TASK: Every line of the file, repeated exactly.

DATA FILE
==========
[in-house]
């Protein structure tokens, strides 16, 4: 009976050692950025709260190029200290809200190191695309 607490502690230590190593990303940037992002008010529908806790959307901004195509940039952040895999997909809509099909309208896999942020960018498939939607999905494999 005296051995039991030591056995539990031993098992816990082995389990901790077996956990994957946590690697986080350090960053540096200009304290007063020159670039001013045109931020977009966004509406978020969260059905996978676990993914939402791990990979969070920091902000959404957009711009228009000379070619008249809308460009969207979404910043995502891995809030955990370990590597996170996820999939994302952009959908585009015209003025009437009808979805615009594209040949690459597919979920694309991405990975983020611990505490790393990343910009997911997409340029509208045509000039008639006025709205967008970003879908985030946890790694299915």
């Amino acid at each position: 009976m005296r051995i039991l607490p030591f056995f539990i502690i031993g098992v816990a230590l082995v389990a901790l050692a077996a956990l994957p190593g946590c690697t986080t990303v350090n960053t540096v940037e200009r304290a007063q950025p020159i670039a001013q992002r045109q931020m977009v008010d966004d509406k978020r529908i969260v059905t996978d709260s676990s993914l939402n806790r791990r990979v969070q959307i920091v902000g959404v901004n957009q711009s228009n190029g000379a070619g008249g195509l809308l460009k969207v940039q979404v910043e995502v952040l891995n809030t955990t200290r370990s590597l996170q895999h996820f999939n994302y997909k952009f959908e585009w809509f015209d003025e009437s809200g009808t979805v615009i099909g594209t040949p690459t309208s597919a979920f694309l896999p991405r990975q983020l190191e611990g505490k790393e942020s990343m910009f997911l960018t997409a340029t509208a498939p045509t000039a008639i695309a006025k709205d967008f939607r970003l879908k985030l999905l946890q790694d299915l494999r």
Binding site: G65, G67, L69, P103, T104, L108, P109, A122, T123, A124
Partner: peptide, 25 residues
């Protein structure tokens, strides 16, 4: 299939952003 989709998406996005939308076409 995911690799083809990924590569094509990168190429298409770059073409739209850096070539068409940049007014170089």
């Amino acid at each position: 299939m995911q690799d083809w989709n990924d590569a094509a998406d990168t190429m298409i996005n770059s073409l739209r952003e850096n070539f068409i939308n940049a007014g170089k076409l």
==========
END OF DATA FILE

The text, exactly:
[in-house]
């Protein structure tokens, strides 16, 4: 009976050692950025709260190029200290809200190191695309 607490502690230590190593990303940037992002008010529908806790959307901004195509940039952040895999997909809509099909309208896999942020960018498939939607999905494999 005296051995039991030591056995539990031993098992816990082995389990901790077996956990994957946590690697986080350090960053540096200009304290007063020159670039001013045109931020977009966004509406978020969260059905996978676990993914939402791990990979969070920091902000959404957009711009228009000379070619008249809308460009969207979404910043995502891995809030955990370990590597996170996820999939994302952009959908585009015209003025009437009808979805615009594209040949690459597919979920694309991405990975983020611990505490790393990343910009997911997409340029509208045509000039008639006025709205967008970003879908985030946890790694299915």
């Amino acid at each position: 009976m005296r051995i039991l607490p030591f056995f539990i502690i031993g098992v816990a230590l082995v389990a901790l050692a077996a956990l994957p190593g946590c690697t986080t990303v350090n960053t540096v940037e200009r304290a007063q950025p020159i670039a001013q992002r045109q931020m977009v008010d966004d509406k978020r529908i969260v059905t996978d709260s676990s993914l939402n806790r791990r990979v969070q959307i920091v902000g959404v901004n957009q711009s228009n190029g000379a070619g008249g195509l809308l460009k969207v940039q979404v910043e995502v952040l891995n809030t955990t200290r370990s590597l996170q895999h996820f999939n994302y997909k952009f959908e585009w809509f015209d003025e009437s809200g009808t979805v615009i099909g594209t040949p690459t309208s597919a979920f694309l896999p991405r990975q983020l190191e611990g505490k790393e942020s990343m910009f997911l960018t997409a340029t509208a498939p045509t000039a008639i695309a006025k709205d967008f939607r970003l879908k985030l999905l946890q790694d299915l494999r």
Binding site: G65, G67, L69, P103, T104, L108, P109, A122, T123, A124
Partner: peptide, 25 residues
């Protein structure tokens, strides 16, 4: 299939952003 989709998406996005939308076409 995911690799083809990924590569094509990168190429298409770059073409739209850096070539068409940049007014170089």
């Amino acid at each position: 299939m995911q690799d083809w989709n990924d590569a094509a998406d990168t190429m298409i996005n770059s073409l739209r952003e850096n070539f068409i939308n940049a007014g170089k076409l």